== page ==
3) Tennessee yellow eyed grass (Xyris tenneseensis) survey
Presented by Bob Boyd
Project Committee: Bob Boyd (chair), Dan Everson, Mike Hardig
GPCA collaborator: Mincy Moffett
TN Natural Heritage Program collaborator: Andrea Bishop

This project’s purpose is to survey existing populations of this federally listed species.  It crossed many borders, incorporating the APCA’s Bob Boyd, Dan Everson, Mike Hardig, and AU grad students, along with GPCA’s Mincy Moffet, and Andrea Bishop of the TN Natural Heritage Program.

The census of the species began in Lewis Co. TN, at Twin Falls Hollow.  This is the best site for the species, and 14,384 spikes were counted here.

The next best site was Ebenezer Swamp, with 10,152 spikes counted on the Robinson’s private property, and 1,214 on adjacent U of Montevallo property.  The fate of the population on the Robinson’s property is uncertain.

Alligator glades west is in Bibb County’s Ketona glades.  This site is overgrown, and in need of an APCA clean-up effort.  It had zero visible spikes of X. tennesseensis, and is the only known location for the recently described X. spathifolia.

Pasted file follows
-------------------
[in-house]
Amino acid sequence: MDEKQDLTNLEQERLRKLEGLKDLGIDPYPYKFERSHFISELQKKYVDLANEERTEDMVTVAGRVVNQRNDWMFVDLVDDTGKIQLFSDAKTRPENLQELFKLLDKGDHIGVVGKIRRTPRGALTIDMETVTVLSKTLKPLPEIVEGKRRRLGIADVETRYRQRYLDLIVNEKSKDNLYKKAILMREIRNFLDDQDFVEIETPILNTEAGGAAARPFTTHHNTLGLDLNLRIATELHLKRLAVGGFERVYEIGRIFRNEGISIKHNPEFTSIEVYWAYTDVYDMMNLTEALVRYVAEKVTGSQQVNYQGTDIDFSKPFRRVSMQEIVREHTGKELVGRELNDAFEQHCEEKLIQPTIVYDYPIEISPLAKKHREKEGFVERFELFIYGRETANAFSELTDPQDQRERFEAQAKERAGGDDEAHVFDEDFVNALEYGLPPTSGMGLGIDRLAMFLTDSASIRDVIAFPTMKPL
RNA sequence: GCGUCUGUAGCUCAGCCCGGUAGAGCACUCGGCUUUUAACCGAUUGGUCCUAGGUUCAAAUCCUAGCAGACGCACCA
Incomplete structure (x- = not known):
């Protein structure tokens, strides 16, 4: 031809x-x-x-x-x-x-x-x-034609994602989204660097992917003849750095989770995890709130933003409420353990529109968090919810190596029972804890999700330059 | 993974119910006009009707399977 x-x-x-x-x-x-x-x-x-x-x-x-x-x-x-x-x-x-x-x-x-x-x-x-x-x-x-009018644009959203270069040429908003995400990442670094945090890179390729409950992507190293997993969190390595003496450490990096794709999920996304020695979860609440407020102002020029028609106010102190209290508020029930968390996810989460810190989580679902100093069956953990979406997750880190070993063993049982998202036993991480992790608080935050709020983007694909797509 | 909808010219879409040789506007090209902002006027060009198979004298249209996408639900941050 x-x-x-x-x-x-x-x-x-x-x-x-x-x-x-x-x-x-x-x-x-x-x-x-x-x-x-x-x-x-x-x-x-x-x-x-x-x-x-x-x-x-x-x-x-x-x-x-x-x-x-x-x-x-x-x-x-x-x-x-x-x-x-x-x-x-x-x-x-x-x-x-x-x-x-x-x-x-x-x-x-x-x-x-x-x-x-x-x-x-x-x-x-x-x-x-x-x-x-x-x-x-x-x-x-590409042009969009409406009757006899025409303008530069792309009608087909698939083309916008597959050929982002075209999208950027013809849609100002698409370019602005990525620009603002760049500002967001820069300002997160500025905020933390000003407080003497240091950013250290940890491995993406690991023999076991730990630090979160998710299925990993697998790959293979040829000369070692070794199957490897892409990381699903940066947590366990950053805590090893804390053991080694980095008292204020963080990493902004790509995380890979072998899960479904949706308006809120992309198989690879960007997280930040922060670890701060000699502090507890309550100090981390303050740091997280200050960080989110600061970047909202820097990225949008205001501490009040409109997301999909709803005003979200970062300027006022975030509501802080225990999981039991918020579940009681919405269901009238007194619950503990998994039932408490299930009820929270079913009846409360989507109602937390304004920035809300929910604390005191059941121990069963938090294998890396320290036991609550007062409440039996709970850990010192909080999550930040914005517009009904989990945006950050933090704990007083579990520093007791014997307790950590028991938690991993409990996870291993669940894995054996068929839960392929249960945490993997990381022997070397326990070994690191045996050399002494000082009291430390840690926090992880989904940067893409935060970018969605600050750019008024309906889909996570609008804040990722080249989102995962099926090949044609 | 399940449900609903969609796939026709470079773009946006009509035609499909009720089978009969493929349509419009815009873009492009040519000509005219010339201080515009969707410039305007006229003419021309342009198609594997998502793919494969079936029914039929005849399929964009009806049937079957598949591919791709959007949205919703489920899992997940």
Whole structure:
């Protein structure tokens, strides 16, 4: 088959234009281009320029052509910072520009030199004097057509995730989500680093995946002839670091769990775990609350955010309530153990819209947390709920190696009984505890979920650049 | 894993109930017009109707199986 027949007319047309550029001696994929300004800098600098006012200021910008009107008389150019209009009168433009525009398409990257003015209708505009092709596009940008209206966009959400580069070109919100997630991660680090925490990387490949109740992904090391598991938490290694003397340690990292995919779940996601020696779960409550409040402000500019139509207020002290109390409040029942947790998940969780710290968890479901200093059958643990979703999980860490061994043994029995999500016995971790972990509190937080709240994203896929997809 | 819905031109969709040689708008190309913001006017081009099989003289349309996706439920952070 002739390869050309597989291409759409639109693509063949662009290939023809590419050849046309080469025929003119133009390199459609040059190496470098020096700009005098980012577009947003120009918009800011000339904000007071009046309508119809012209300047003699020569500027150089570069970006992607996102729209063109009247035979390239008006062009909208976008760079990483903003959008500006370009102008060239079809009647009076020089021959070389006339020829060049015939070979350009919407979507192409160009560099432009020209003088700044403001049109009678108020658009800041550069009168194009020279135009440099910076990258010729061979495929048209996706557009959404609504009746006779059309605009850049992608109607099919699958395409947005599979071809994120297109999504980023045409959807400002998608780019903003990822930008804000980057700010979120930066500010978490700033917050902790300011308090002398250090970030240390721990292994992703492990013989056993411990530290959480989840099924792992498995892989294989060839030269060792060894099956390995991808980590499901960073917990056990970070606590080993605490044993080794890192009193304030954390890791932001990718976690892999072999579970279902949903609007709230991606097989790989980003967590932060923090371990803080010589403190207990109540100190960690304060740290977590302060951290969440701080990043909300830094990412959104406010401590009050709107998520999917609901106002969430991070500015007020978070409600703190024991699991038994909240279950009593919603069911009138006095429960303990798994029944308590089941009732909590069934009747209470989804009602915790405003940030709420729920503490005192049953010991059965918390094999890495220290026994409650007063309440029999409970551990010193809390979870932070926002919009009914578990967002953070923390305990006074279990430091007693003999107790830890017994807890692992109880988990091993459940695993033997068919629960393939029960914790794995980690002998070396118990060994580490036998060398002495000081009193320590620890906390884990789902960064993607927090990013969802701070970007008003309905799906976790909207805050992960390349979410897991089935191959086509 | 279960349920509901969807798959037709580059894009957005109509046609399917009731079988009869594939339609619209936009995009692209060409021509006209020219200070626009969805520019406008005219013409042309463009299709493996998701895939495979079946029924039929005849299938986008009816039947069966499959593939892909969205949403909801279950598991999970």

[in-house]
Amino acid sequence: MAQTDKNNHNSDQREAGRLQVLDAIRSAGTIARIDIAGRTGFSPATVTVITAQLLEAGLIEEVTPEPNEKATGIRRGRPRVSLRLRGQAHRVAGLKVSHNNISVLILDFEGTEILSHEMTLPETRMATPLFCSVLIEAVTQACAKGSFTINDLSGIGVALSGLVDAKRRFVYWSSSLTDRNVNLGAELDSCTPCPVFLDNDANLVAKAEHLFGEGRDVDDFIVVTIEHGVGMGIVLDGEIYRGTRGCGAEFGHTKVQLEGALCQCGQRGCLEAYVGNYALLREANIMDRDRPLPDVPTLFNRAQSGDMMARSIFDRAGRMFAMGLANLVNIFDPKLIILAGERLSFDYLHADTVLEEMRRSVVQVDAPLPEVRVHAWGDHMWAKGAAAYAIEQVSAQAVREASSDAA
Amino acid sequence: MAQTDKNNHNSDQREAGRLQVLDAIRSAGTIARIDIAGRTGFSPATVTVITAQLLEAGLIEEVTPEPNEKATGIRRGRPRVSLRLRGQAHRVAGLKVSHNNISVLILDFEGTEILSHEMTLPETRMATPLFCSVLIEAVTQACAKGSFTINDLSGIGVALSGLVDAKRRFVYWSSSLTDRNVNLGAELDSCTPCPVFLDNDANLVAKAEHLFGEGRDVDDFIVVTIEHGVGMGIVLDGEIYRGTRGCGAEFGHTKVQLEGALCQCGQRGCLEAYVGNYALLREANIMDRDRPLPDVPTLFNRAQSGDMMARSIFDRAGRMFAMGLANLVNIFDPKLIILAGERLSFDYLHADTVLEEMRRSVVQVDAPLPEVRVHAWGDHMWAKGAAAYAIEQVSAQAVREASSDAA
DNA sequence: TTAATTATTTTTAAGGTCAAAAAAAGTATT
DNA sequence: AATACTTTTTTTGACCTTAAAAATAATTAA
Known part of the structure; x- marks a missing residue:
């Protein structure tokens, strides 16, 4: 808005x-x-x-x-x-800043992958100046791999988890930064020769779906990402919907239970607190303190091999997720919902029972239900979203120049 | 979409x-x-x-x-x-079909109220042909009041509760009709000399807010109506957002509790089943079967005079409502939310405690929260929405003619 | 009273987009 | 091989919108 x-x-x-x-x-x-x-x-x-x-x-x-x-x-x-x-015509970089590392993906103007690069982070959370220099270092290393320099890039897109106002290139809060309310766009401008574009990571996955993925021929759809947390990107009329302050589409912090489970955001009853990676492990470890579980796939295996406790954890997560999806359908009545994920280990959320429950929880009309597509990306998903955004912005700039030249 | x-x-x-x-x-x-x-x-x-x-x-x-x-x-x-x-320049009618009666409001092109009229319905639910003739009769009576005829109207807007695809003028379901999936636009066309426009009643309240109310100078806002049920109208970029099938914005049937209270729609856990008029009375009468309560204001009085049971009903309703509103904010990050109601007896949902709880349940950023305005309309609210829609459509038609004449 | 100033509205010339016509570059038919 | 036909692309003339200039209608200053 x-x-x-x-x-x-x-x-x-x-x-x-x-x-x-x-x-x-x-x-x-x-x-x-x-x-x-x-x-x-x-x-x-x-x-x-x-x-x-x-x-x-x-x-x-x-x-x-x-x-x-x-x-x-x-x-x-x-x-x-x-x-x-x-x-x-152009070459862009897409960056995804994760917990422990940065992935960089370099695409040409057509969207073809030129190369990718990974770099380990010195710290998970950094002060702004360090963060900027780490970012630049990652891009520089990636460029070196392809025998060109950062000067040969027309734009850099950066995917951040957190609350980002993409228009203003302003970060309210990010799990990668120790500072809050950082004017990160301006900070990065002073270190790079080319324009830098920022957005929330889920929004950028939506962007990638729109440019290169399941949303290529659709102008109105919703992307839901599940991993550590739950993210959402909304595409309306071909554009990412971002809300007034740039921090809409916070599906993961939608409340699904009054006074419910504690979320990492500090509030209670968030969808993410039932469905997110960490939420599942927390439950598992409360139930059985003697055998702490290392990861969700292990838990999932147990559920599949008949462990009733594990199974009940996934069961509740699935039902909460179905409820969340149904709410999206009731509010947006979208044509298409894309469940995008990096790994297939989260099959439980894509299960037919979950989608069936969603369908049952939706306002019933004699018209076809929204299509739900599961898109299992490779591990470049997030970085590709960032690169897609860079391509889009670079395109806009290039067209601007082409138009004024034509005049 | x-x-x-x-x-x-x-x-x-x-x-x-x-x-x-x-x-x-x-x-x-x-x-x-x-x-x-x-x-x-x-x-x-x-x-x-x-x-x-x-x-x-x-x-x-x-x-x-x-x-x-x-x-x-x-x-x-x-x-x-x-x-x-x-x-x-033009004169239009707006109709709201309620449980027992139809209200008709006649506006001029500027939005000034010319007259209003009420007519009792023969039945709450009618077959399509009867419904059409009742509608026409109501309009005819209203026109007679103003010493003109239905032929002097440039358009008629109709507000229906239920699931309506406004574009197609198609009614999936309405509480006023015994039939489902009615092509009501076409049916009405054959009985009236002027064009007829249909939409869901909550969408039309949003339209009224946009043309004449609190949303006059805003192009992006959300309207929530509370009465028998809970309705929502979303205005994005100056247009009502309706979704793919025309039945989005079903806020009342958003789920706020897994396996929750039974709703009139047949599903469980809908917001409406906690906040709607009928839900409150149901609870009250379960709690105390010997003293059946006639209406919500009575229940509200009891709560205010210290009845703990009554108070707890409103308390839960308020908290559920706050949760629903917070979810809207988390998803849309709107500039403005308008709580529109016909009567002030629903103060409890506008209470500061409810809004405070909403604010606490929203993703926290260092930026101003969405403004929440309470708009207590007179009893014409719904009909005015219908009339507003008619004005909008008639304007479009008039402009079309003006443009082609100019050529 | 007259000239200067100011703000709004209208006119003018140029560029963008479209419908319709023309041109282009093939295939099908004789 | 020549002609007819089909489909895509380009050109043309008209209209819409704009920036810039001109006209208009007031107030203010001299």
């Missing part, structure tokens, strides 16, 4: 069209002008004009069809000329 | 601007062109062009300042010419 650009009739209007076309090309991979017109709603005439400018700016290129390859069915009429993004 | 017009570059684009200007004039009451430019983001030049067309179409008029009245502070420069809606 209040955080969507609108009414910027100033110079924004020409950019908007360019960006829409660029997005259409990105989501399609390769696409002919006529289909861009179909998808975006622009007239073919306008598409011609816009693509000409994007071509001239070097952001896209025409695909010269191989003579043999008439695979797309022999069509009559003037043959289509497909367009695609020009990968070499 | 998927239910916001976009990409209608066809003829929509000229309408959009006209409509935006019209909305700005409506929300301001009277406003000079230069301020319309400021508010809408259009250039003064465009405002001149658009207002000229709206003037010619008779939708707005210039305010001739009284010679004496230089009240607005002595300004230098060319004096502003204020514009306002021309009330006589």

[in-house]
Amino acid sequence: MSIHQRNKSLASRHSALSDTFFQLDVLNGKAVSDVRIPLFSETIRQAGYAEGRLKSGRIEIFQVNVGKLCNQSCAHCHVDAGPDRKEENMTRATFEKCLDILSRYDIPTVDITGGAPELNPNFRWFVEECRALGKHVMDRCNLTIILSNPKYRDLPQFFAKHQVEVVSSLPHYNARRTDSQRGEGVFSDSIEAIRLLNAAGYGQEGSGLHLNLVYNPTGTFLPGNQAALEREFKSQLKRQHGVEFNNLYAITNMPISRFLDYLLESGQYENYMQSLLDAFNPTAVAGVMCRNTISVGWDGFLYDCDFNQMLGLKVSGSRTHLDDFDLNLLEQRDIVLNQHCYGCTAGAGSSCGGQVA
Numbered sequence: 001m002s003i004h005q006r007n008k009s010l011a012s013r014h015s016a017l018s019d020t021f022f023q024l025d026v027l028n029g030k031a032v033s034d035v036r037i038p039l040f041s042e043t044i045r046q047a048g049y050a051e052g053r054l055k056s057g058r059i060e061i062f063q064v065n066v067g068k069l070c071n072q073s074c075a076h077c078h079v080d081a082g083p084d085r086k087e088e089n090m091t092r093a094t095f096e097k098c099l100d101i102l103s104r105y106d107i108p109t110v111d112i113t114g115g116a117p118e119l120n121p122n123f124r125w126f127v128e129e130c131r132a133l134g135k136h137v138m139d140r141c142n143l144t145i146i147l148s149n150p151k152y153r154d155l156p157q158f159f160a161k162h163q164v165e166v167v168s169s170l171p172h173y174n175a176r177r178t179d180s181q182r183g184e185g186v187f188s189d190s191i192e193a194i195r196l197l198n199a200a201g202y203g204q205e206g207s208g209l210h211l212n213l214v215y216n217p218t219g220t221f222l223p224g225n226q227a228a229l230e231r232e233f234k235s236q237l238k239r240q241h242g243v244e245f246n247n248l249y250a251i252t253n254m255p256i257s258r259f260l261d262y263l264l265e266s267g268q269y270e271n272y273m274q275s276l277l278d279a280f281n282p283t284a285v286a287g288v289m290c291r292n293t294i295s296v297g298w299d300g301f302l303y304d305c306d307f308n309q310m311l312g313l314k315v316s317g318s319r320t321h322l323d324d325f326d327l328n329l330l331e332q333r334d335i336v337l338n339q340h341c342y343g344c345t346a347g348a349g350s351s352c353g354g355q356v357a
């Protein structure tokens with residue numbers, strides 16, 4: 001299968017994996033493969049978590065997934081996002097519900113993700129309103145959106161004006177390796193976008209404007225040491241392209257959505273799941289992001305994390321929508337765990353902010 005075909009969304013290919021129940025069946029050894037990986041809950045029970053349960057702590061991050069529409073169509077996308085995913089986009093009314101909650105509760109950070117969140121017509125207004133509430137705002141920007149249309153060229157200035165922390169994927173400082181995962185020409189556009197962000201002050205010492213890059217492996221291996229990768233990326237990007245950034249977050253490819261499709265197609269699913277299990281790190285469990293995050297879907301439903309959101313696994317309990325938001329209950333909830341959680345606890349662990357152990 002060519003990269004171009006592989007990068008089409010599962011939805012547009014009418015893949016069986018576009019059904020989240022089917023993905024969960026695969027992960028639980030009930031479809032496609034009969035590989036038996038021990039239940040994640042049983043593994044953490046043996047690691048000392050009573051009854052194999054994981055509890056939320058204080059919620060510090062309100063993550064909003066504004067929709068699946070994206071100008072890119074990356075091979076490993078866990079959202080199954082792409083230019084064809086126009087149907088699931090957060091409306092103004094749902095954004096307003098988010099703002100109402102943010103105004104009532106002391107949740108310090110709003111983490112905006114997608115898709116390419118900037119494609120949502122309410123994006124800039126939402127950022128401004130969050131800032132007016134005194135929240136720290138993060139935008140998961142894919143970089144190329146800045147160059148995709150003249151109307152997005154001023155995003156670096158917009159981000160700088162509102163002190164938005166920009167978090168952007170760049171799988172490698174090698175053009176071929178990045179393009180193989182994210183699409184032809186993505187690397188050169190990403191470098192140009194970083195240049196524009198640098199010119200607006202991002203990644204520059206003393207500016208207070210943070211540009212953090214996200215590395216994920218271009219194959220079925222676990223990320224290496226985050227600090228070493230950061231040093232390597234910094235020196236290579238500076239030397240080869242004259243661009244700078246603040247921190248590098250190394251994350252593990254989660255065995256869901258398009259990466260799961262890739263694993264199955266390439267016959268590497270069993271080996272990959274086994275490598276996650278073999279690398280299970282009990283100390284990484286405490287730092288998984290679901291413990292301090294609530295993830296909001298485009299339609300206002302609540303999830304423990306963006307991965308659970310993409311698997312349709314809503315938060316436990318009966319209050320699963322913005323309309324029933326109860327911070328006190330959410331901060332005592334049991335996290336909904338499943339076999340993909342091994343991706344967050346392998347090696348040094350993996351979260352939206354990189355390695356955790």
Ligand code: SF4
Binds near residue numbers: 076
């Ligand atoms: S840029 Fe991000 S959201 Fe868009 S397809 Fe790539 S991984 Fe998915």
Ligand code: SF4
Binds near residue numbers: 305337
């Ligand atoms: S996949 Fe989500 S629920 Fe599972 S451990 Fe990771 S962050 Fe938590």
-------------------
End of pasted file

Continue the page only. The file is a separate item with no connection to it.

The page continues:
4) Alabama milkvine: Matalea alabamensis
Presented by Wayne Barger

Several plants were found in flower earlier this year at one site, but did not set seed. Maybe next year we can get some seeds for a safeguarding program and establish a committee to formulate and execute that plan.

5) Southern Spicebush: Lindera melissifolia
Presented by Dan Everson
Project Committee: Dan Everson (chair), Jan Midgeley, Patrick Thompson, Ron Determann, Ryan Shurette

Threatened by laurel wilt fungus, this species is affected by the disease, but the ambrosia beetle that spreads it prefers plants with a larger branch diameter than typically found in L. melissifolia.

This species is known from a couple of populations on Rainier timber property.  It grows in low wet swales and spreads clonally.  Both populations do have some seed set so males and females must be present at both sites.

No seeds have been collected this year.

6) Georgia Aster: Symphyotrichum georgianum
Presented by Ryan Shurette

Population augmentation on Talladega Ranger District.

Seeds were collected and sent to Amy Wright and Rachel Meriwether at AU’s Horticulture Department.  Propagation was hugely successful.  750 seedlings were potted into 250 one gallon containers.  These were outplanted early fall 2009 and are doing well.